Tall Schools, Tight Spaces: Giving Students Access to the Outdoors
Perhaps the greatest potential drawback of taller urban schools is the lack of access they provide their students to outdoors. These schools are usually on tight lots with little, if any, play areas or fields. So they have to make do with the outdoor space that’s available to them, or make arrangements with other public facilities.
“Multilevel schools are a balancing act that weighs the cost of land against the growing demand from families moving back into cities,” says Principal Todd Ferking. One of DLR Group’s projects that tackles these issues is the Huili School for the Wellington International Education Group in Shanghai, China.
In the Media
Northern Arizona University Student-Athlete High Performance Center featured on ArchDaily
ArchDaily explores Northern Arizona University Student-Athlete High-Performance Center, a state-of-the-art training facility designed to attract top student-athletes and focused on wellness and development.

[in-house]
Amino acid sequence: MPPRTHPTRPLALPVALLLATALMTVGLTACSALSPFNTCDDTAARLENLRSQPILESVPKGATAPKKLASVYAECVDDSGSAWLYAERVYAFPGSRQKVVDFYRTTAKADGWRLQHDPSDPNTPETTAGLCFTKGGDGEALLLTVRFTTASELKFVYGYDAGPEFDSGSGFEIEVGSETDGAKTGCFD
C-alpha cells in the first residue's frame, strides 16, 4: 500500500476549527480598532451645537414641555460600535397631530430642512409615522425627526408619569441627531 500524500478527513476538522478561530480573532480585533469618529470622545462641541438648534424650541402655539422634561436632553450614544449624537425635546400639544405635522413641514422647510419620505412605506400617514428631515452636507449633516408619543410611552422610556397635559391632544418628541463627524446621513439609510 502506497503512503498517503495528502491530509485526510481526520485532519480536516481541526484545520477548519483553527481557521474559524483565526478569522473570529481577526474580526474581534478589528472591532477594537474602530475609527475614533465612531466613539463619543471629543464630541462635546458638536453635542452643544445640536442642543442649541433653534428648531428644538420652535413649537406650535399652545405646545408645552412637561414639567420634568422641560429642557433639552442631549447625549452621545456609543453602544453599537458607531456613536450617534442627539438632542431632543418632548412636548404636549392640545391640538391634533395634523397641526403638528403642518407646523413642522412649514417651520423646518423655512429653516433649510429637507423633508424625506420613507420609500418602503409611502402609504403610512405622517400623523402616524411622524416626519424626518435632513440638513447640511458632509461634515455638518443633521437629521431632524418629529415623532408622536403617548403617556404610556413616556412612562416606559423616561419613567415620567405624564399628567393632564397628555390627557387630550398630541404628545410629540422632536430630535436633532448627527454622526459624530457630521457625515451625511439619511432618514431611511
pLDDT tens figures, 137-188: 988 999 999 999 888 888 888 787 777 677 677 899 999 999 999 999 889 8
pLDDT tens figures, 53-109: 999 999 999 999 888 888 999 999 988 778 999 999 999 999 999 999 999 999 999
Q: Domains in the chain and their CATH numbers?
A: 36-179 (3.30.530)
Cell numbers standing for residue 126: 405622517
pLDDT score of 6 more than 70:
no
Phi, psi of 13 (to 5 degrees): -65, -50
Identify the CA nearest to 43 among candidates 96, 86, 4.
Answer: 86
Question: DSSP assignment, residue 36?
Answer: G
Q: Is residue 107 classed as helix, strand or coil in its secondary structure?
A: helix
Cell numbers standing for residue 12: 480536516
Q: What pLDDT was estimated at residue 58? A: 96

Jacksonville’s Museum of Science & History Reveals Exterior of Future Riverfront Home
The Architect's Newspaper explores the recently unveiled design concepts for the Museum of Science & History, and the impact of the expansion on the museum and its surrounding communities.
Canyon View High School Aims to Change Education by Reshaping Space
Metropolis magazine explores Canyon View High School's design made to blur the edges between teaching and learning in an innovative, flexible space.
DLR Group Senior Associate Rita Saikali Carter joins TRXL podcast to talk about the issue of loyalty to an architecture firm versus the stigma of moving to different firms, and the reasons she's moved firms in the past.
Green Growth with Women Design Leaders
Stephanie Kinnick sat down with Commercial Interior Design magazine to discuss the connection between gender and the growth of sustainable design.
Green Buildings and Sustainability - Generation Orange Podcast
The future is green but how do we get there? Applied Research Leader Prem Sundharam talks with West-MEC about the NEX building on the Southwest campus.